The ICJ has also produced a Practitioners’ Guide (No 14) on The Investigation and Prosecution of Potentially Unlawful Death, which aims to help legal practitioners ensure that any potentially unlawful death is investigated in a manner that respects international human rights law and standards and, where responsibility is identified, that appropriate measures of accountability ensue.  At the heart of the Practitioners’ Guide lies the Protocol.  In addition to setting out the applicable international law and standards, the Guide provides practical examples as to how it may be used by lawyers, including in cross-examination, case file review and strategic litigation.

Earlier this month, the ICJ published a new Guide for human rights defenders titled Access to Justice for Unlawful Deaths and Enforced Disappearances – A Guide for Human Rights DefendersThe Guide, which will be released initially in Spanish and English, seeks to assist human rights defenders working on accountability for serious human rights violations to make the relevant international human rights legal framework more accessible, and to provide practical guidance based on lessons other defenders have learned from around the world.

During our work with justice sector actors on the Protocol, the ICJ has gained several key insights.  Lack of awareness about the Protocol’s existence is often the first obstacle.  Having said that, in every case, once the ICJ has explored the content of the Protocol with the relevant stakeholders and its potential usefulness to their work, there has been universal enthusiasm to learn more.  Even States with poor human rights records have actively requested engagement on the Protocol, seemingly in good faith, once they learn that its core contents are practical and constructive, and that the Protocol may have a genuine utility to their work.  This has resulted in an added benefit of providing a forum for the ICJ to develop relationships with justice sector actors that later provide the opportunity to have conversations on other human rights topics.

The second insight is that there is a real desire on the part of most justice sector actors to be exposed to international human rights law and standards in a non-critical setting.  Nearly all the stakeholders we worked with demonstrated a genuine interest in what the Protocol had to say about activities that formed part of their day-to-day work as judges, prosecutors and investigators.  And they enjoyed discussing different approaches to common issues with experts from other countries, such as best practices for crime scene management or witness interviewing.  Where the Protocol was perceived to fill gaps that may exist in national standards, there was also a general willingness to adopt its contents.  For example, in 2018, police investigators from Myanmar attended a regional training on the Protocol in Thailand which also presented, at the time, an important opportunity to talk about international human rights law and standards.  At follow-up meetings in 2019, the Myanmar Police told the ICJ they had distributed copies of the Protocol to their regional headquarters throughout the country. The feedback they received from their colleagues suggested that officers believed the Protocol was a useful companion to their own internal investigation guidelines. This engagement ended following the military coup in Myanmar on 1 February 2021.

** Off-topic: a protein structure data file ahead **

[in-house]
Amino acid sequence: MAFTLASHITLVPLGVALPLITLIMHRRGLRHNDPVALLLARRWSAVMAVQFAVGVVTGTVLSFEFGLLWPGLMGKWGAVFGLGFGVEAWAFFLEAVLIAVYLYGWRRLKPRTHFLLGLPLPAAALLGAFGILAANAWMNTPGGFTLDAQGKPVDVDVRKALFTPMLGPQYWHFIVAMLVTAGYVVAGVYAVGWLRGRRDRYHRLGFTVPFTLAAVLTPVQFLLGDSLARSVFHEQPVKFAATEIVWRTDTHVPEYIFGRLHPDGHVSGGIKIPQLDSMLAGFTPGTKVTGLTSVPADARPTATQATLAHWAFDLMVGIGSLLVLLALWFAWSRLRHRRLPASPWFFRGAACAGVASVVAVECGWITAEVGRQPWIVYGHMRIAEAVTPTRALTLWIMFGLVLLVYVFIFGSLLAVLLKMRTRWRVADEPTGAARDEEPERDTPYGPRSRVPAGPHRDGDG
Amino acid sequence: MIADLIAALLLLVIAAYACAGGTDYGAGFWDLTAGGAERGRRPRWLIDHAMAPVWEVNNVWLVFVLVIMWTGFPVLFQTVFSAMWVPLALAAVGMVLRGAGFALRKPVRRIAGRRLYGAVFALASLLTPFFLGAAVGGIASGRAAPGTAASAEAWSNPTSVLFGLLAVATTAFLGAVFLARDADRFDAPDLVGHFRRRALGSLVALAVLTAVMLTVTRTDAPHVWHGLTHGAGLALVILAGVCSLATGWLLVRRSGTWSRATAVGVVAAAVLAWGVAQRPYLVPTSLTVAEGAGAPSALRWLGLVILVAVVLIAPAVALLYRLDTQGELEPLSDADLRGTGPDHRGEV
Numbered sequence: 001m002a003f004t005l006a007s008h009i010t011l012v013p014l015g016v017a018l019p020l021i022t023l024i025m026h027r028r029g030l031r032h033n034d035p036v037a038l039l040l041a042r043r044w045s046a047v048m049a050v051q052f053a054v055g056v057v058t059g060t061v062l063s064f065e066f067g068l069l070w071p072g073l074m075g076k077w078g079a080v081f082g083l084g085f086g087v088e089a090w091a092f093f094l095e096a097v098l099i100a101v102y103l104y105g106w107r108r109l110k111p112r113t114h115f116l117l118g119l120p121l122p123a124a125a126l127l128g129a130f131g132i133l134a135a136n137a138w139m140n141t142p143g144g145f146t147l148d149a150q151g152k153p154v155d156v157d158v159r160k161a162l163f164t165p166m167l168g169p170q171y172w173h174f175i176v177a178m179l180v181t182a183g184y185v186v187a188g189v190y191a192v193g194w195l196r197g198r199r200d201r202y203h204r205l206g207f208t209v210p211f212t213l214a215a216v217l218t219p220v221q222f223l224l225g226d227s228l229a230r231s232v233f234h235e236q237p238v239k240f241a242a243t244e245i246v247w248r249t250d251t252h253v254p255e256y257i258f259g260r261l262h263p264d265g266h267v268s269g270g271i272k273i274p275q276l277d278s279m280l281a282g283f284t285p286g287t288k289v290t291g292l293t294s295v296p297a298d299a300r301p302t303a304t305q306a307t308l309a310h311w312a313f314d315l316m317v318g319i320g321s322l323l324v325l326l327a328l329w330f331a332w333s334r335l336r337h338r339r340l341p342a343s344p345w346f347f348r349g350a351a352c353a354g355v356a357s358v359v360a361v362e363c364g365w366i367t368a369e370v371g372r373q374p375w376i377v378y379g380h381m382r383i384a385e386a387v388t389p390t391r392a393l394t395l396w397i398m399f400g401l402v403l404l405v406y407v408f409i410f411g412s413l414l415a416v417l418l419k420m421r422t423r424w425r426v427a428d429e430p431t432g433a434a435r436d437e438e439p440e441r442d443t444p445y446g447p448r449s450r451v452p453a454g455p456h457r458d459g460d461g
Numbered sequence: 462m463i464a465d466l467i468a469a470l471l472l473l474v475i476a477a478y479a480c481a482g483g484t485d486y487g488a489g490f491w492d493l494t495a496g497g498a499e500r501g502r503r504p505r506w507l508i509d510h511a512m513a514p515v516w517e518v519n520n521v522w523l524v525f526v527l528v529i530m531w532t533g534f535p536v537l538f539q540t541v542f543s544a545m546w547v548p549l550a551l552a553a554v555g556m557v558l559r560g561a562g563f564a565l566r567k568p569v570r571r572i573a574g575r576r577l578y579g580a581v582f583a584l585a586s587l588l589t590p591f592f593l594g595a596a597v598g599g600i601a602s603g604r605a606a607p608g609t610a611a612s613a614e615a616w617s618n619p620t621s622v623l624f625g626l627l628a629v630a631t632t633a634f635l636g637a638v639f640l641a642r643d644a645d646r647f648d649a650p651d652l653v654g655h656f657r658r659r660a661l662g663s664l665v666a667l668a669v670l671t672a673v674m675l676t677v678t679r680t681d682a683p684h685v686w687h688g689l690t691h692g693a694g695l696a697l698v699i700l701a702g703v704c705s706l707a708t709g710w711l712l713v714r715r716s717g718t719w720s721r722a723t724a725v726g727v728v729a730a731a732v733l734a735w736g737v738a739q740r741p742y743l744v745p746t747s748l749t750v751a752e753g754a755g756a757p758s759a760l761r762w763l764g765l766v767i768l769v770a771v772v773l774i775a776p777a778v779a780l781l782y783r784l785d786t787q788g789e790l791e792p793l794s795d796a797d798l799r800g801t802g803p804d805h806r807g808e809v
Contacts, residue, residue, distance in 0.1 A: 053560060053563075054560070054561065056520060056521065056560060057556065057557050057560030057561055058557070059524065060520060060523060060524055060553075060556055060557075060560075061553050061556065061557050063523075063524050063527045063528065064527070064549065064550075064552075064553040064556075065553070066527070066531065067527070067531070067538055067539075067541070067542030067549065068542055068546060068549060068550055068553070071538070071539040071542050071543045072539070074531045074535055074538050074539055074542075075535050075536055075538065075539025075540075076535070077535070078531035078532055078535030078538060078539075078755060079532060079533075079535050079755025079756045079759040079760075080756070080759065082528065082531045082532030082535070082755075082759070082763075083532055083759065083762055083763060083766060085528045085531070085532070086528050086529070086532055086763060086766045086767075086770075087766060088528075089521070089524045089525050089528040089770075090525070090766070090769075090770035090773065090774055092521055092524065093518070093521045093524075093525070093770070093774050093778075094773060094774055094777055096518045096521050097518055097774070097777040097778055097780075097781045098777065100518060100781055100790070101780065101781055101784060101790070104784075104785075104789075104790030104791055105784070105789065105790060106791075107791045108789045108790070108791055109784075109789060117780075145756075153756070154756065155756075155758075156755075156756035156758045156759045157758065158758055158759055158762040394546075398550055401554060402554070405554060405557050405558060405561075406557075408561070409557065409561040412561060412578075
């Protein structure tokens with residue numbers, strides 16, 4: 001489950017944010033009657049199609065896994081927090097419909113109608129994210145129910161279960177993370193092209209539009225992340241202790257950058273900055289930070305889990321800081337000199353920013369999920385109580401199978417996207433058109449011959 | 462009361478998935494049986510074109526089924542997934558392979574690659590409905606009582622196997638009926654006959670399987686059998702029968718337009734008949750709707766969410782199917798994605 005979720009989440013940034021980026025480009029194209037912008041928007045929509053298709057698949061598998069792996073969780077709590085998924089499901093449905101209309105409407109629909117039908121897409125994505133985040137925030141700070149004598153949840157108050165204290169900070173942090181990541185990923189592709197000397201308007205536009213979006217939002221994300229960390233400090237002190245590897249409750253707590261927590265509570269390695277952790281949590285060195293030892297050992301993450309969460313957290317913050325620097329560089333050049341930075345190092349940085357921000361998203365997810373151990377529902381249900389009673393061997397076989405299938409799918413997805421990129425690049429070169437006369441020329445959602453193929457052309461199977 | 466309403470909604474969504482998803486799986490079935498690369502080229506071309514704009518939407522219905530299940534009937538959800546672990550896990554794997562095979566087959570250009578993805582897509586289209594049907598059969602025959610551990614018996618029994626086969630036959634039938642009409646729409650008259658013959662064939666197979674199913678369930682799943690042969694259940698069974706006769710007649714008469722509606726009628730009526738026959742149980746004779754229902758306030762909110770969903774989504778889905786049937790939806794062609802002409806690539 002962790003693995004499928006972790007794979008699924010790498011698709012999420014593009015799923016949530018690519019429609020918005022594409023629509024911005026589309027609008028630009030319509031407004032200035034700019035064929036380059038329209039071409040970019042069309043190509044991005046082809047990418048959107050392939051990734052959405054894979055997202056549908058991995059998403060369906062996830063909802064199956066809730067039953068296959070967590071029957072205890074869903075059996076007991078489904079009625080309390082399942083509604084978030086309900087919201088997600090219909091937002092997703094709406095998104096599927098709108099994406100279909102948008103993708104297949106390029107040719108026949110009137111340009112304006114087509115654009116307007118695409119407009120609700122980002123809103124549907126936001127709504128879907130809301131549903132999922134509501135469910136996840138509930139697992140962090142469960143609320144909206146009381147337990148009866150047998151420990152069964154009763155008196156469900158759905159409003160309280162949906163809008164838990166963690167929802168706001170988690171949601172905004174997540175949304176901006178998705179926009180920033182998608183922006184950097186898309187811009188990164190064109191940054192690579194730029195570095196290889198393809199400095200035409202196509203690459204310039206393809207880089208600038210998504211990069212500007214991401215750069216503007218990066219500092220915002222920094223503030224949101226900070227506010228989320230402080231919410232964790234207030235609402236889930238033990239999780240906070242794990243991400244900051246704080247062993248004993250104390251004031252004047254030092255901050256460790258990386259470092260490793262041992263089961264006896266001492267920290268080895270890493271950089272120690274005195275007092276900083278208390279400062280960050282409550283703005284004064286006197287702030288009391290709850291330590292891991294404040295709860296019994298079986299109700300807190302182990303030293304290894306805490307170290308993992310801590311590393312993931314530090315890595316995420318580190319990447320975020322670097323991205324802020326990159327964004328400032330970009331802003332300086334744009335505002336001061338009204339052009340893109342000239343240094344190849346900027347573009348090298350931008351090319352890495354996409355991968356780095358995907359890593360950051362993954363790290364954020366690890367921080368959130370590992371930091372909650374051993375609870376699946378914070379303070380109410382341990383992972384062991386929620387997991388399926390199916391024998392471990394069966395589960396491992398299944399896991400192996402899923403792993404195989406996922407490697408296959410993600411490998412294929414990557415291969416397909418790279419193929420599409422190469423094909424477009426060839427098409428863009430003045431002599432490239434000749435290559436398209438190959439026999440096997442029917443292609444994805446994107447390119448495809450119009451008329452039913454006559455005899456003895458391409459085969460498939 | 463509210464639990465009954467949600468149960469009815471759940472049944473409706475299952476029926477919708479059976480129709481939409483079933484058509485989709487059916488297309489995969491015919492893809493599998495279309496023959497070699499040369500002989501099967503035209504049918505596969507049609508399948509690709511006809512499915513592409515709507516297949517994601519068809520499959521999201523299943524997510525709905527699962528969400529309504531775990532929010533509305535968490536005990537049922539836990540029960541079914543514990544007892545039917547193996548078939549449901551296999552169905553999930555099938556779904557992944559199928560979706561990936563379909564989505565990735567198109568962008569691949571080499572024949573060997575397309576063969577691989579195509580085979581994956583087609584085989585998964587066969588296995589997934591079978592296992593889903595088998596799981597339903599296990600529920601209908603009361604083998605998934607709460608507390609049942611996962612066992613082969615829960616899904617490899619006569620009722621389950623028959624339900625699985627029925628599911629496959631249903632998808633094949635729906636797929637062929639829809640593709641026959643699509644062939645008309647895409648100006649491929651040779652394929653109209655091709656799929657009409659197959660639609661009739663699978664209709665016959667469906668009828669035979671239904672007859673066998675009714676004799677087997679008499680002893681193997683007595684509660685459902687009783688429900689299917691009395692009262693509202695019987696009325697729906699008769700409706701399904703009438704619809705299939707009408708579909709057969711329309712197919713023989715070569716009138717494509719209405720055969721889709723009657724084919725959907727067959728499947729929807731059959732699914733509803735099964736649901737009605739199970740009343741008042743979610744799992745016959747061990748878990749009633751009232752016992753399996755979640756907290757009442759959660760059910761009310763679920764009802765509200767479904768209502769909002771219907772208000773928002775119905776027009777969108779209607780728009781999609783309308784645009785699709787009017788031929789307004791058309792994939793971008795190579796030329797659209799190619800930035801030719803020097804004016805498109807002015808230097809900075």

The third insight is how important the Protocol is to the work of human rights defenders and victim representatives.  Particularly when they are confronted with a failure by the State to investigate or an investigation that is substandard or so opaque it is impossible to know what, if anything, is happening at all.  The Protocol provides them not only with another tool in their advocacy, but also with a framework to help formulate questions of law enforcement officials.  For example, has an autopsy been conducted?  Was it documented?  Has a victim liaison officer been appointed?  Is the investigation being conducted by an independent body?  The Protocol brings State obligations, such as the duty to investigate, to life and makes the actual building blocks of an effective investigation accessible to everyone.  For example, in 2018, in the context of two suspected unlawful deaths in Thailand, the ICJ held a talk on extra-judicial killings, touching on the Protocol, with victim family members, the media and interested members of the public.

The Protocol remains a valuable tool in the global fight against impunity.  The first challenge is increasing awareness of its existence and demonstrating its real-world usefulness not only to justice sectors actors, but also to human rights defenders and victim representatives who play a key role in holding States to account when suspected unlawful deaths and enforced disappearances take place.